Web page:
In April 1758, when the Comte de Clermont redeployed his army along the Rhine, the regiment was placed in the third line at Roermond. After the successful crossing of the Rhine by an Allied Army under Ferdinand of Brunswick on May 31, the regiment retired towards Rheinberg where it joined Clermont's Army on June 2. It remained in this camp until June 12 and was placed in the centre of the second line. On June 23, the regiment took part in the Battle of Krefeld where it was placed in the centre of the first line under Guerchy. In Mid August, after Ferdinand's retreat to the east bank of the Rhine, the regiment, as part of the Army of the Lower Rhine, now under Contades, recrossed the Rhine to follow the Allied army. On August 20, it was encamped near Wesel where it was placed in the centre of the first line. At the beginning of October, the regiment was attached to Chevert's Corps which was sent to reinforce Soubise's Army in Hesse. On October 10, it was at the Battle of Lutterberg where it was part of Chevert's Corps which won the day by turning the Allied left flank.
On Tuesday January 2 1759, at about 5:00 a.m., Nassau Prince Louis Infanterie presented itself before the Sachsenhausen Gate of Frankfurt and was admitted as previously agreed. As soon as it had entered the town, the regiment ordered the town-guard to deposit arms and to admit 5 other regiments (Beauvoisis (2 bns), Rohan Montbazon (2 bns), Rohan Rochefort (2 bns), Bentheim (2 bns) and Royal Deux-Ponts (4 bns)). These regiments then seized the artillery on the walls and all the other gates, easily capturing the City of Frankfurt. This very important town remained under French control for the last four years of the war. By May 10, the regiment was part of the corps under the command of the Comte de Noailles who had taken position near Deutz on the right bank of the Rhine. In June, during the French offensive in western Germany, the regiment was part of the main army under the command of the Marquis de Contades and was deployed in the first line of the infantry centre.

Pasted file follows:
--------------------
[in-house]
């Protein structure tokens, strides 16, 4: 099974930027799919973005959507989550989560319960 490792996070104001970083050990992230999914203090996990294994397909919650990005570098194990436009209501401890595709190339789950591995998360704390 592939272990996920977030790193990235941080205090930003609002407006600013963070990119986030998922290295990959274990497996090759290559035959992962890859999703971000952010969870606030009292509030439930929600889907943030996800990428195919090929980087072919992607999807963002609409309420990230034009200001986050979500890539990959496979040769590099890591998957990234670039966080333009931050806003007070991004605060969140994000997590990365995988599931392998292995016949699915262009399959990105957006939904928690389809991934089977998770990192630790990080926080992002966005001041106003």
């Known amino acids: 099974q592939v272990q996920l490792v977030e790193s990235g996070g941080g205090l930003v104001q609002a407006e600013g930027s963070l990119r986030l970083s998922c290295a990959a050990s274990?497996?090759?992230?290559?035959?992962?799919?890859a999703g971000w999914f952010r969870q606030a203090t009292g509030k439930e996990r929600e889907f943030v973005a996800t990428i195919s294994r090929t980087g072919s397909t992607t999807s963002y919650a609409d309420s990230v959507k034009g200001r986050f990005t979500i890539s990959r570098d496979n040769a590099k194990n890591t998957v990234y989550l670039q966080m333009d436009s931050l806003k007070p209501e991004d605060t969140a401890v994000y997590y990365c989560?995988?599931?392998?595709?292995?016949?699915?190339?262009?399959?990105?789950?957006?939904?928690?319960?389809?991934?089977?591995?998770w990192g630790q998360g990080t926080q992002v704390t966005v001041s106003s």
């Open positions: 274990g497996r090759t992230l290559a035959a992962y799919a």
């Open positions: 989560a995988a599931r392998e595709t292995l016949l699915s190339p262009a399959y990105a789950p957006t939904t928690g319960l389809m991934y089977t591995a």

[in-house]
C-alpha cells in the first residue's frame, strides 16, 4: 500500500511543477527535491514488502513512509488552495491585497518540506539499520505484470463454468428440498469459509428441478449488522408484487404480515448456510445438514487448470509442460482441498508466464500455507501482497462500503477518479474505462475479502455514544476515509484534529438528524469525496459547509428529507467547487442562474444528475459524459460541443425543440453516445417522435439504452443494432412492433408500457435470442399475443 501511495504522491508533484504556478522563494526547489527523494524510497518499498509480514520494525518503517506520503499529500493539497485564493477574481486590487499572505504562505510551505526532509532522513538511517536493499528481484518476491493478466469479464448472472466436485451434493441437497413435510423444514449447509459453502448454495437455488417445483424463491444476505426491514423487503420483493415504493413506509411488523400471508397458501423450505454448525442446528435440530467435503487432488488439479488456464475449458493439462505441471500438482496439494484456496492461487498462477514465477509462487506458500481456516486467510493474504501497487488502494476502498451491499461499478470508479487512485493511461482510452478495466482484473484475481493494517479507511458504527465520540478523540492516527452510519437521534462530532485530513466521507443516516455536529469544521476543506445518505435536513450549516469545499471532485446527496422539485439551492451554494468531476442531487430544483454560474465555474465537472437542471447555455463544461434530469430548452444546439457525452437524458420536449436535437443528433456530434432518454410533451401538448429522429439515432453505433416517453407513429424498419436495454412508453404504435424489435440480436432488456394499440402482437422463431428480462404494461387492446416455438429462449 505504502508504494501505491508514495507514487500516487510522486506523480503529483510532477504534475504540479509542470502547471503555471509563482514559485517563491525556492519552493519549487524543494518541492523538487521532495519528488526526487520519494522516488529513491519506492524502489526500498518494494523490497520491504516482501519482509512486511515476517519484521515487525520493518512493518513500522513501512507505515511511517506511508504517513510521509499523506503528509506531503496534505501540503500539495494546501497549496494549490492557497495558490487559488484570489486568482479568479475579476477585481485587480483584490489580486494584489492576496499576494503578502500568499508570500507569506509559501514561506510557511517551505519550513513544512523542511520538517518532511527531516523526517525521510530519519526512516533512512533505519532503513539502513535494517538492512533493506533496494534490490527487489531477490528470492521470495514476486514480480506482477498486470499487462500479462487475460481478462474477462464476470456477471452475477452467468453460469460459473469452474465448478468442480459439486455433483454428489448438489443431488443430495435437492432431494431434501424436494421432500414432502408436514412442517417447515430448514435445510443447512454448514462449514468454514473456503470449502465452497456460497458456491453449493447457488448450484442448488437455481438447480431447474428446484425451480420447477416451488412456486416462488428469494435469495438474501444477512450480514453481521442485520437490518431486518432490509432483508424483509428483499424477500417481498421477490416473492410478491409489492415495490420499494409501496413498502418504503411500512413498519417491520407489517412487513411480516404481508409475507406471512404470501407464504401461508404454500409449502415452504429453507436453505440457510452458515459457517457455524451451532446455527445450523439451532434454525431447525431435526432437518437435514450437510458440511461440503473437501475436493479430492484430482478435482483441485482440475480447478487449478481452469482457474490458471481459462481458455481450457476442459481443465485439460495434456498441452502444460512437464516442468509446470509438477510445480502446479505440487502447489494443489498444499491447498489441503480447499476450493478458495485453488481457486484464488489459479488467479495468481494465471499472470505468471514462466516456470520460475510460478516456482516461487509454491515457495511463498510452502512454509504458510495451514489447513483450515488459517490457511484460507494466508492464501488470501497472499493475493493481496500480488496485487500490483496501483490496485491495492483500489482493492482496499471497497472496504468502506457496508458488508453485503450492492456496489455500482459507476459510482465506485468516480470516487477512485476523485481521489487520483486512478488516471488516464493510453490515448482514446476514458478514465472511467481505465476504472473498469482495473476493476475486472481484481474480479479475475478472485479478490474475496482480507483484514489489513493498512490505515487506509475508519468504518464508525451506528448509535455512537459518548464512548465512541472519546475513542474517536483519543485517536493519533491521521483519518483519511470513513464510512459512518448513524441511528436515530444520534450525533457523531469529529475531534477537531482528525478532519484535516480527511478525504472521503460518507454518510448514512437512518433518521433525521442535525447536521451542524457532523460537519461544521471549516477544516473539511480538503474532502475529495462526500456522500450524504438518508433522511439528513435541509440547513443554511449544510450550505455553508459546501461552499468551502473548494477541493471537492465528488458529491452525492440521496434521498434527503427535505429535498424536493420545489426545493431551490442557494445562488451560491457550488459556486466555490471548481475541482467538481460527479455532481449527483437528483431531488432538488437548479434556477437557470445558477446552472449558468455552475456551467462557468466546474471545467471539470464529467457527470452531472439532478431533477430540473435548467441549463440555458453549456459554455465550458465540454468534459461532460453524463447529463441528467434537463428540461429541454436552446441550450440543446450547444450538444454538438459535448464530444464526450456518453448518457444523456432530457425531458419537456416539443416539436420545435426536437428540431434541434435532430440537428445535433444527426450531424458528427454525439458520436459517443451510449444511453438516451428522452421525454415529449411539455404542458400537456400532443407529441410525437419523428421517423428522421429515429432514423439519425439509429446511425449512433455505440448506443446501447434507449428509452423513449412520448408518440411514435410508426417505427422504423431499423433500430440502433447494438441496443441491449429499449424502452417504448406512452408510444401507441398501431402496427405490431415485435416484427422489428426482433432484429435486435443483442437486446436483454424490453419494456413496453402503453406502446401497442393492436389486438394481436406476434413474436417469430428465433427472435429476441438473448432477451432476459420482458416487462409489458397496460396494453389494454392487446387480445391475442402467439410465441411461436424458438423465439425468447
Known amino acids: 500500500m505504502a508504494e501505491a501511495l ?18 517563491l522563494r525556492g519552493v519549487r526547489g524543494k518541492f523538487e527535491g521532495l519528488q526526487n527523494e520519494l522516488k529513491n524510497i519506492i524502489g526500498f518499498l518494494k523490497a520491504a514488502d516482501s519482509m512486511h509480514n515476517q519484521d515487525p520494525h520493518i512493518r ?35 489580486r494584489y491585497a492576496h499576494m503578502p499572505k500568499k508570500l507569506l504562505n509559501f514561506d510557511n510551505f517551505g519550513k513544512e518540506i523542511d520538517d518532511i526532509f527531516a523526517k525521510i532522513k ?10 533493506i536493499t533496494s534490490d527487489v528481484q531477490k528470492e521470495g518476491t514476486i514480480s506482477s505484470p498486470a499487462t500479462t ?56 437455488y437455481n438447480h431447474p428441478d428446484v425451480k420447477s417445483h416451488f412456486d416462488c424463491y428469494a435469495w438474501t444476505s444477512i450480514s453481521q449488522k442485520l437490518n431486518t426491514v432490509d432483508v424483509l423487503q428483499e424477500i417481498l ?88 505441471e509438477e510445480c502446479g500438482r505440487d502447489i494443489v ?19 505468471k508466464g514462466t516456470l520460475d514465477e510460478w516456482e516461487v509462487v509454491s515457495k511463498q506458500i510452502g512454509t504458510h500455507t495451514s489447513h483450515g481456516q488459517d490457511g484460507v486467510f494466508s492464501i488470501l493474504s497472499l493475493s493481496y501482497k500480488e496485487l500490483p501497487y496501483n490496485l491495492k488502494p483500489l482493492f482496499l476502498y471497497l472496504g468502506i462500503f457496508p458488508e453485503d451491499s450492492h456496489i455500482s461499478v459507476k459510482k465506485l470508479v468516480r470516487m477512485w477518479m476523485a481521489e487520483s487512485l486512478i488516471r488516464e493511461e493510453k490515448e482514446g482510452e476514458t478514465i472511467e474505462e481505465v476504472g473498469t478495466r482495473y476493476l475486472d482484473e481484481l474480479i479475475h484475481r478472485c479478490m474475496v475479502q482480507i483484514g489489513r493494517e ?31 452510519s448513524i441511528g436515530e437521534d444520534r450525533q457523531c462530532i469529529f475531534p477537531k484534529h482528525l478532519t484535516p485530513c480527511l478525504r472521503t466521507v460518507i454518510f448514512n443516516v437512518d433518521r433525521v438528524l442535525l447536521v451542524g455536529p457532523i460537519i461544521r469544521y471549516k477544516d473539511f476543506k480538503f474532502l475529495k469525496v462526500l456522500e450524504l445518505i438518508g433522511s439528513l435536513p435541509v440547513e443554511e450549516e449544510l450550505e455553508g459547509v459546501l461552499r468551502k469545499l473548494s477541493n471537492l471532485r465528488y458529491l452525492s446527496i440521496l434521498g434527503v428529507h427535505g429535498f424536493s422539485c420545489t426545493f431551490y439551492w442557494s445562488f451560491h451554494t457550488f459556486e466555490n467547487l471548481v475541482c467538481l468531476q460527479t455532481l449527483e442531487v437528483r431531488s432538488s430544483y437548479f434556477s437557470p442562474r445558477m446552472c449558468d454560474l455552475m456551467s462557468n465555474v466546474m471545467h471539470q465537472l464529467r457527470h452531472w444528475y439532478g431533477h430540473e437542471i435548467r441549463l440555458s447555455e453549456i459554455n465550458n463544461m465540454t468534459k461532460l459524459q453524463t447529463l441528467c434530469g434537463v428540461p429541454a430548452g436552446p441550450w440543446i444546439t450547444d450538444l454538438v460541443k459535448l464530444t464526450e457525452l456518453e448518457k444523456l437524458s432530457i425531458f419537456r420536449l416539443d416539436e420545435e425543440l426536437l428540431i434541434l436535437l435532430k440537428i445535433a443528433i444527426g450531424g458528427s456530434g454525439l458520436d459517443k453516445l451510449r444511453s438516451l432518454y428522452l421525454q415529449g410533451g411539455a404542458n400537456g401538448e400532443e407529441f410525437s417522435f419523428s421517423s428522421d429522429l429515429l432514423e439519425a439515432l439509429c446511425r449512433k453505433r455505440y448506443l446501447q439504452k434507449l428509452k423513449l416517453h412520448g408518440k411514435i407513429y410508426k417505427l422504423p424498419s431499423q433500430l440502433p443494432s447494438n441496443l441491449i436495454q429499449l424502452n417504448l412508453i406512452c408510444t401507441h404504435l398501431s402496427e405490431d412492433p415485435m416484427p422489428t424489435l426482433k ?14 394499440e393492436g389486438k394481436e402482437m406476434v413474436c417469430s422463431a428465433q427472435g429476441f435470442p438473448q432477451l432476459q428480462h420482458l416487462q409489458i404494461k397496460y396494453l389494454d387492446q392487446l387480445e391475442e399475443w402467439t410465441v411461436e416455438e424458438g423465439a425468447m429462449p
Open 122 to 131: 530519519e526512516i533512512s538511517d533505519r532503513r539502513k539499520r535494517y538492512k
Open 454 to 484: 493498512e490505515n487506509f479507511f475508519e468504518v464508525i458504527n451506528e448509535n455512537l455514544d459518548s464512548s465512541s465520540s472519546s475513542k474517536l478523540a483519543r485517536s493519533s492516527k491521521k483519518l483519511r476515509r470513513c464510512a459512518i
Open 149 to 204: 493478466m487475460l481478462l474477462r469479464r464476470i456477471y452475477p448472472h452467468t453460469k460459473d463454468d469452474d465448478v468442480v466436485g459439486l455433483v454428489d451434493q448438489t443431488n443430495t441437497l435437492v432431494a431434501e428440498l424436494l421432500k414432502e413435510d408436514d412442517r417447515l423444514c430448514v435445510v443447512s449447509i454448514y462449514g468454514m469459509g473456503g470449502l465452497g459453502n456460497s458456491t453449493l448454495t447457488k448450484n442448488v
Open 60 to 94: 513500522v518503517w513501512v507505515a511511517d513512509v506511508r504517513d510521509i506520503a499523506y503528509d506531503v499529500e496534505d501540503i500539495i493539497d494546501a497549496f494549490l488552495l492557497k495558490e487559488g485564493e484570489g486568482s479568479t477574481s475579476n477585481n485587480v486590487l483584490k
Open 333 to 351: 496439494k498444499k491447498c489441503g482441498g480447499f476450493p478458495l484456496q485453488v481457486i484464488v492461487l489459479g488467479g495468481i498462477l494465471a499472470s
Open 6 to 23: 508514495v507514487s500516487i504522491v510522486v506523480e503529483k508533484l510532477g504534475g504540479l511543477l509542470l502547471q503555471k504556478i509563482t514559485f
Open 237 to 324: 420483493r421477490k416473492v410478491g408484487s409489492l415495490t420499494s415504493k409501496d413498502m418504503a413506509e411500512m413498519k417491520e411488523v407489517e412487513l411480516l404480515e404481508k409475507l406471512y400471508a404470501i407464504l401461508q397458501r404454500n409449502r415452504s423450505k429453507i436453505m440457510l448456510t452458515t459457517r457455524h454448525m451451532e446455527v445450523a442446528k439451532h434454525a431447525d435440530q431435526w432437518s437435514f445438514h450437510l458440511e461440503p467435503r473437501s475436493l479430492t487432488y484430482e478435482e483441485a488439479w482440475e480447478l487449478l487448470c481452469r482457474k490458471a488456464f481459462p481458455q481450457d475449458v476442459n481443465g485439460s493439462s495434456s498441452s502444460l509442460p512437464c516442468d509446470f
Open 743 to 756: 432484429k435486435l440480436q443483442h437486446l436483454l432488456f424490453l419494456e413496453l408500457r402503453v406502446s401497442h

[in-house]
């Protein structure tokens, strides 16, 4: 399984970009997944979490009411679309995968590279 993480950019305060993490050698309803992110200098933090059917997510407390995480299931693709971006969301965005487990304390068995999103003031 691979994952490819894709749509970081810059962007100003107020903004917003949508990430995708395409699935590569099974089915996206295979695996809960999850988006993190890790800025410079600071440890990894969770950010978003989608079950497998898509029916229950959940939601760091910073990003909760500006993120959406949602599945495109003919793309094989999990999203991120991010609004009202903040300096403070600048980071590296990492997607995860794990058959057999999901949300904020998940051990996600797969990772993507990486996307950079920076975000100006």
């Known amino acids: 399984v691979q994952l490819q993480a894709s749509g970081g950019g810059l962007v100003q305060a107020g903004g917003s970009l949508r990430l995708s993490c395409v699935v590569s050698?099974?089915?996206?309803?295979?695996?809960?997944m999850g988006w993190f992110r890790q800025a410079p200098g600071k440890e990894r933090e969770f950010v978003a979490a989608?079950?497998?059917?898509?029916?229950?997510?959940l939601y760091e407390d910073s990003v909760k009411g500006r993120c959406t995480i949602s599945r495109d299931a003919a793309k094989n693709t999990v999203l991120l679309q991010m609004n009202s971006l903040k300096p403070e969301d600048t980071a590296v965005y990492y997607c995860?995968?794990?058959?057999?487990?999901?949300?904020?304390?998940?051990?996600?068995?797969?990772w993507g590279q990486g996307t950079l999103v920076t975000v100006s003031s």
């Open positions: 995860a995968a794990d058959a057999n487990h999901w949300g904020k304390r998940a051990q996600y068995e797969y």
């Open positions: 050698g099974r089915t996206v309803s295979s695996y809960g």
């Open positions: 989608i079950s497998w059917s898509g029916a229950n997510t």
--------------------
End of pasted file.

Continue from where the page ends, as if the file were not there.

On July 31 1760, the regiment took part in the Battle of Warburg where it was initially kept in reserve behind the centre. By October 1, the regiment was part of d'Auvet's Division which was instructed to march towards Hachenburg. On October 10, the regiment reached the Erft and Neuss. On October 16, it took part in the Battle of Clostercamp. At the end of October, the regiment, who had heavily suffered during the Combat of Clostercamp, was sent back to France.
The following description has been verified against the manuscript "Troupes du Roi, Infanterie française et étrangère, année 1757, tome I" and Taccoli's book published in 1760.
|Coat||grey-white lined white with copper buttons down to the waist on the right side
|Waistcoat||red with 2 rows of small copper buttons (white in 1761 with red lapels decorated with small copper buttons and a single row of small copper buttons under the lapels); horizontal pockets with small copper buttons|
Armaments consisted of a musket and a bayonet. Fusiliers carried a sword (brass hilt) while the grenadiers had a sabre.
Colonel Colour: white field with a white cross.
Ordonnance Colours (from 1757): two black and two orange opposed cantons and a white cross.
This article incorporates texts from the following books which are now in the public domain: Susane, Louis: Histoire de l'ancienne infanterie française, J. Corréard, Paris, 1849-1856, Tome 8, pp. 208-209
Anon.: Manuscript Troupes du Roi, Infanterie française et étrangère, année 1757, tome I, Musée de l'Armée, Paris
Menguy, Patrice: Les Sujets du Bien Aimé (a website which has unfortunately disappeared from the web)
Mouillard, Lucien: Les Régiments sous Louis XV, Paris: 1882
Pajol, Charles P. V.: Les Guerres sous Louis XV, vol. VII, Paris, 1891
Rogge, Christian: The French & Allied Armies in Germany during the Seven Years War, Frankfurt, 2006
Taccoli, Alfonso: Teatro Militare dell' Europa, Part 1, vol. 2; Madrid, March 1760
Vial, J. L.: Nec Pluribus Impar
N.B.: the section Service during the War is mostly derived from our articles depicting the various campaigns, battles and sieges.